We collect old scooters and bikes that sometimes don’t have a title when we buy them. If we want to register the bikes and legally drive them, we have to do the paperwork and legwork to get a new title in our names sent to us.
I have done this a few times now, and every time I do it, I have dig through the DMV site and my old info to remember what forms I have to fill out, and what hoops they make me jump through, so I figured I would write out the process here while it’s fresh in my mind from my latest bike/paperwork and save maybe someone else out there the hassle of having to make multiple trips to the DMV etc… to find this info out.
NOTE: All forms are located online at http://dmv.utah.gov/
Step 1: Certificate Of Inspection
You have to print form TC-661 Certificate Of Inspection from the DMV website. Once you have printed and filled it out as much as you can, you then need to call the police and tell them you want to schedule a time to verify a VIN number. They’ll take you’re information and send an officer over to your location and have them run your VIN for you. Probably common sense, but DO NOT call an emergency number like 911 for this. Crack open the yellow pages and get the regular old number for the police station (no need to tie up emergency channels with a VIN verification request).
The officer will come and visually inspect the VIN and verify the other information you filled out on the form before they got there (don’t waste their time by making them wait while you fill the form out). Then they will call in the VIN number(s) to make sure the vehicle isn’t reported stolen. As long as it comes back clear, they will finish filling out the bottom of the form. This is why I do this step first, because it wouldn’t make much sense to finish the rest of this process if the bike ends up being stolen and you can’t get a title for it.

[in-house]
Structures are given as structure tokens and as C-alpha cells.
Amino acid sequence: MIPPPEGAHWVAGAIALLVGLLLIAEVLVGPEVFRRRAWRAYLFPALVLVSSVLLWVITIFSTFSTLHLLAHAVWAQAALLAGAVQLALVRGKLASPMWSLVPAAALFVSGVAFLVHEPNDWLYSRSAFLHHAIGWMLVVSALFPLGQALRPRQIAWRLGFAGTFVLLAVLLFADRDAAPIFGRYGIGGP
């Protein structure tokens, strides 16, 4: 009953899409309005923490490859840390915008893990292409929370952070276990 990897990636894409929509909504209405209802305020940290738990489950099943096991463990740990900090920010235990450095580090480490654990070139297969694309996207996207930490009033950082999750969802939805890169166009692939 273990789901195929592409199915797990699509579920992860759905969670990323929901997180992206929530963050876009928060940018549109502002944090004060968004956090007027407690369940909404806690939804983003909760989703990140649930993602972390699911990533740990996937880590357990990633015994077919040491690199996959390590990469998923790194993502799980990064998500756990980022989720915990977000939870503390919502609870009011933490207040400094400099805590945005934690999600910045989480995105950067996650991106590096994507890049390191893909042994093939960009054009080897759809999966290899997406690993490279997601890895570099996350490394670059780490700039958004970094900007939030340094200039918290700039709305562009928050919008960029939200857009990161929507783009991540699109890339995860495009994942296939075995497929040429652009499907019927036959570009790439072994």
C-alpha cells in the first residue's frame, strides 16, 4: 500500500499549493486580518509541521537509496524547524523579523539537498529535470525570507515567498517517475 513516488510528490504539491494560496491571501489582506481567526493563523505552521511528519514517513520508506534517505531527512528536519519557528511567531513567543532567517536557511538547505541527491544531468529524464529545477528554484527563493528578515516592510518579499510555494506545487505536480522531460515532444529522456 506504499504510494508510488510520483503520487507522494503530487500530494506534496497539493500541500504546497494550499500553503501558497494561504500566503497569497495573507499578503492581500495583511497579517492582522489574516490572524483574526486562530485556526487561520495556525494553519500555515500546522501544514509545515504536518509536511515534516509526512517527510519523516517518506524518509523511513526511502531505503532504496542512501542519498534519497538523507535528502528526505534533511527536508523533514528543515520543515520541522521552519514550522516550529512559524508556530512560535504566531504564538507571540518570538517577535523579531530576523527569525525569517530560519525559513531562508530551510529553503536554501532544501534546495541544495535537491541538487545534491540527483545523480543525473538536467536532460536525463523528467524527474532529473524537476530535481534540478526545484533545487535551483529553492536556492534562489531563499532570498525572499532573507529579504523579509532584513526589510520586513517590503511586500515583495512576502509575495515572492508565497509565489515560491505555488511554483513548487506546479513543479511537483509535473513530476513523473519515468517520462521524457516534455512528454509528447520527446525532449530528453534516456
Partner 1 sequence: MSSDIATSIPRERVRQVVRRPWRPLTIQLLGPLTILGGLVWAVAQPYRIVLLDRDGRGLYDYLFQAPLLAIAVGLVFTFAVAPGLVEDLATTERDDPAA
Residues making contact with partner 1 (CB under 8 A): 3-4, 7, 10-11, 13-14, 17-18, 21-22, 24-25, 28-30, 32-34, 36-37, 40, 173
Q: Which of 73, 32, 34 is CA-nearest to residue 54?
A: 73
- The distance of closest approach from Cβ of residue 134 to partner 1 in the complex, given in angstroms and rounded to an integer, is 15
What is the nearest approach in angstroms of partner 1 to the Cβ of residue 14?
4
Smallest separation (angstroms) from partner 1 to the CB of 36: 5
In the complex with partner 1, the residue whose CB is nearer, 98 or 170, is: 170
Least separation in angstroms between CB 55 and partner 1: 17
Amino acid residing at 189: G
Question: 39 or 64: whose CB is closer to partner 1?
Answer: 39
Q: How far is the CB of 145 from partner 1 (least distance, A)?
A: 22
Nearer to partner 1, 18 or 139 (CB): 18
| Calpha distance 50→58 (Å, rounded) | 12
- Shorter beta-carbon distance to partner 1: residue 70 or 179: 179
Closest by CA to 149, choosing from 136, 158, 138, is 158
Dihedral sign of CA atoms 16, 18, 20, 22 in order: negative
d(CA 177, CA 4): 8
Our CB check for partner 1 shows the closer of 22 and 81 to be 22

Step 2: Ownership Statement
You have to print and fill out form TC-569A from the DMV website. It mostly asks for basic information about the vehicle (VIN, Make, Model, Year, Value, etc…) but also asks for details why you don’t have a title and how you acquired the vehicle.
Step 3: Application for Utah Title
You have to print and fill out form TC-656 from the DMV website. This is another basic information form, some of the information is redundant from the other forms, but it also covers ownership questions.
Step 4: Bill of Sale
You have to make sure you have a bill of sale from when you bought the vehicle. If you aren’t already, you should be using the official Bill of Sale form provided by the DMV website. If you didn’t get one, you will need to get the previous owner to fill one out for you so you can hand it in. So techically, this could be step 1 if you didn’t already have it, but I’m just assuming you had a bill of sale when purchasing the vehicle.
Step 5: Photos
You will need to provide some photos of the vehicle with all of your paperwork. To be safe, take a picture of both the front and side of the vehicle. I was told to bring both, but when I brought them in, they looked at both and said “This side one should be good enough…”, but it would be pretty irritating if they sent me away to go get the front picture, so I was glad I brought it with me (probably depends on the clerk helping you with your paperwork).
Step 6: DMV
Once you have all of your paperwork and photos, take them to your Department of Motor Vehicles, and have a clerk there go over them and make sure they are complete. If everything is in order, they will charge you a fee (my latest was around $20) and tell you that the title will be mailed to you in 2 – 4 weeks (as long as it passes their inspection process).